Dodge City Police Chief Drew Francis offers tips on how to avoid the "plague on the community" regarding the latest Kansas Bureau of Investigation crime index report.
The report on Ford County which includes Dodge City, Bucklin, Spearville and Boot Hill Casino and Resort, reported 115 violent crimes with a population count of 34,454 for the county.
For property crime, the numbers reported increased 2 percent throughout the state due to high number of reported motor vehicle thefts.
For Ford County, 956 property crime offenses were reported with 147 coming from burglaries, 751 thefts and 58 motor vehicle thefts.
"I have reviewed the report," Dodge City Police Chief Drew Francis said. "Property crimes are always a plague on any community.
"They are easily committed and often times are hard to solve as they are generally committed without any witnesses to provide any leads.
"Physical evidence is few and far between.
"The cases that get solved are those that involve an unexpected witness or video evidence.
"Since the witness is hard to come by the best way to protect oneself is with cameras. Not just any camera but something that will actually record with the definition high enough to determine the identity of those captured in the video. It is important to also consider the angles of cameras and what they are set up to capture.
"New technology such as RING doorbells and other similar products offer the ability to deter daytime burglaries as the owners can answer their door from their cell phone and be able to see and speak to whomever is at their front door. These devices not only alert you to someone ringing your doorbell as a rouse to see if anyone is home, they will also alert you to the motion detected at your door and begin recording even if the doorbell isn't pushed." Francis offered several other camera tips people can use if they so choose.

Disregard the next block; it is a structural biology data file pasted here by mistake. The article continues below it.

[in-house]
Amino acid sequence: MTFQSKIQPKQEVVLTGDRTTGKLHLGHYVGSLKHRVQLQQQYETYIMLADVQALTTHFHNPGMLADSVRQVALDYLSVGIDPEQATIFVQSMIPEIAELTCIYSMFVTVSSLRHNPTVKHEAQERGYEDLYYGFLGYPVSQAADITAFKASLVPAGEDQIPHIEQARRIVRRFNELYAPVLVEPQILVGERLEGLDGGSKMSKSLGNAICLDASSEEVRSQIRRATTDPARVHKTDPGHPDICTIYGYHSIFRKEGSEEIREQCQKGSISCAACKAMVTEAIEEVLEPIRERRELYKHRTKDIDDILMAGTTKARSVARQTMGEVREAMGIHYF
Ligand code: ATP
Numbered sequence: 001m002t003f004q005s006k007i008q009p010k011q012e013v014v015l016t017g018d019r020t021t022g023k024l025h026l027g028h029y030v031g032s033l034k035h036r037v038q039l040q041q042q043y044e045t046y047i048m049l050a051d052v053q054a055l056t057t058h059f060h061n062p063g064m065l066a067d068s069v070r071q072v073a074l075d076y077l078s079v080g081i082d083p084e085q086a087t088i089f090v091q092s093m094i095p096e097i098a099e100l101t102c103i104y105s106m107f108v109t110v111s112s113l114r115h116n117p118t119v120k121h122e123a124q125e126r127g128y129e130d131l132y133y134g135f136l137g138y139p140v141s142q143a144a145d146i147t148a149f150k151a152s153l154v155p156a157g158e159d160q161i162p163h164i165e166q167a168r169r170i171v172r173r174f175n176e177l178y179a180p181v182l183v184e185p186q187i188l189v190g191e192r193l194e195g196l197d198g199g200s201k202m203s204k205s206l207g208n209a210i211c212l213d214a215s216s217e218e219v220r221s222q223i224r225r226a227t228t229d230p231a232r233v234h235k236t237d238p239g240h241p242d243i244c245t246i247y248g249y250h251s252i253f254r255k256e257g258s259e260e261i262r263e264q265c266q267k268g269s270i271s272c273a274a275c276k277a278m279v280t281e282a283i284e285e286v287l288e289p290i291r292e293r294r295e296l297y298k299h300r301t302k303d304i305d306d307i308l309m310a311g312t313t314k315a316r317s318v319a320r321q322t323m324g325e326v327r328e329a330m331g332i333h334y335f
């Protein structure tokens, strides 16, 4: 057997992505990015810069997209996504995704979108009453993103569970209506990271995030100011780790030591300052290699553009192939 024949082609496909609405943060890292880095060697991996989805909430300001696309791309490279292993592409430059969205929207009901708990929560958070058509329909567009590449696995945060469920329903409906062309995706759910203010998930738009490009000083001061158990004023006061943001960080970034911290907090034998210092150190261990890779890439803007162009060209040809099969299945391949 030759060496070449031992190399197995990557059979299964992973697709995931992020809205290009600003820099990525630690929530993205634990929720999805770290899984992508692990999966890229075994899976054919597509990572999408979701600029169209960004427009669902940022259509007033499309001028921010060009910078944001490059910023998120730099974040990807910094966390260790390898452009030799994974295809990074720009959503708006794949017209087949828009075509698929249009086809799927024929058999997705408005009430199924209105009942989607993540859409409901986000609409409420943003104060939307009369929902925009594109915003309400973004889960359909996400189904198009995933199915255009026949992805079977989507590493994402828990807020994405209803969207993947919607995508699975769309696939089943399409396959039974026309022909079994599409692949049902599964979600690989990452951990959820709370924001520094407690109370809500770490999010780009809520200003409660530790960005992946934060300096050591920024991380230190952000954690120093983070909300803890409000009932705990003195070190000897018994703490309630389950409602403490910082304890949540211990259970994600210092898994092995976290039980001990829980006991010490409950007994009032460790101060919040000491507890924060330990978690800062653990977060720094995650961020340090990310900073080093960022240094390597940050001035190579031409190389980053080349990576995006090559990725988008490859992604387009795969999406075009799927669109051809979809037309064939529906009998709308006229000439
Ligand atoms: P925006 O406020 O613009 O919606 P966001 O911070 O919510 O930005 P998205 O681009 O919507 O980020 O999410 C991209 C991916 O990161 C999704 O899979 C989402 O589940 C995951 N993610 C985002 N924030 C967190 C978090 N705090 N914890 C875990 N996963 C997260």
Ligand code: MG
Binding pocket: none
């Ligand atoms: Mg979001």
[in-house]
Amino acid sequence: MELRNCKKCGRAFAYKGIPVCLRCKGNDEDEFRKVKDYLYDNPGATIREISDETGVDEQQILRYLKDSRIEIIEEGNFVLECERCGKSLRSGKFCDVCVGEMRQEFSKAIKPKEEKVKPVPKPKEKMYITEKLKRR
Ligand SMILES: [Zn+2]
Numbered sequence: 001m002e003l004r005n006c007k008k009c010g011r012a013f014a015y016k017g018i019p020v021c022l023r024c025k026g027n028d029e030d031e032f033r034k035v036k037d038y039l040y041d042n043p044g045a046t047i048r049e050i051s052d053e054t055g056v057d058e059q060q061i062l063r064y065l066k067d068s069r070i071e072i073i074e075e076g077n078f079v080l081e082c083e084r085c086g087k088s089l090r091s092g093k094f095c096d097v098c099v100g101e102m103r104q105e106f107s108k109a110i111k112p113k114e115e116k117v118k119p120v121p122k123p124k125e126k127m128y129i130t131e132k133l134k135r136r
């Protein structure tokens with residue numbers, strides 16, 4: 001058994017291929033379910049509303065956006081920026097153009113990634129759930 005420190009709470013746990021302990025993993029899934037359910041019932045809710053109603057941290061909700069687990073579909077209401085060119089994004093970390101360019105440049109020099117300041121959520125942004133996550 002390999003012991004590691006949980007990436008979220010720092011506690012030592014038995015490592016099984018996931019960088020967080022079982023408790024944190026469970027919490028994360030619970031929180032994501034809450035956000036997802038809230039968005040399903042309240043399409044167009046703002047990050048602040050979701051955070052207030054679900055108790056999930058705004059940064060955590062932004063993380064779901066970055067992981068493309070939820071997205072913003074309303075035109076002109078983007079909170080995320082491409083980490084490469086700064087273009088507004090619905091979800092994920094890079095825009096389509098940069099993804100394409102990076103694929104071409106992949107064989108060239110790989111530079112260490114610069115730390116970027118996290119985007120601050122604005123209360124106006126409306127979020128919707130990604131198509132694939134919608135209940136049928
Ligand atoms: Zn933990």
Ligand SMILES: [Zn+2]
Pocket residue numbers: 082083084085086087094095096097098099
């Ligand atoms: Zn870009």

"Having security camera systems that monitor motion around your home and entry points to your home is crucial," he said. "Consider placing a camera on the inside of your garage to capture the suspect who takes advantage of the garage door being open and walks off with your valuables.
"These cameras should always be running whether you're home or not. "Having cameras may not prevent every incident but in the event a break in occurs you have video evidence to at least provide leads for the police to pursue and outstanding evidence to help secure a conviction if the suspect is identified." Francis added that additional security could come from knowing your neighbors.
"Another thing we as a society are losing is the value of knowing our neighbors to the point of having contact information to be able to call or text when suspicious activity is observed," he said. "When a strange van is seen backed up to a neighbor's garage and you have their cell number, it is pretty easy to just send them a text saying 'Are you aware?'
"Don't be afraid to take pictures of vehicles, people and tag numbers. If they are legit you can always erase them but once they have fled the scene the evidence is lost, police can't be everywhere, we all have to play a role in fighting crime in our community."
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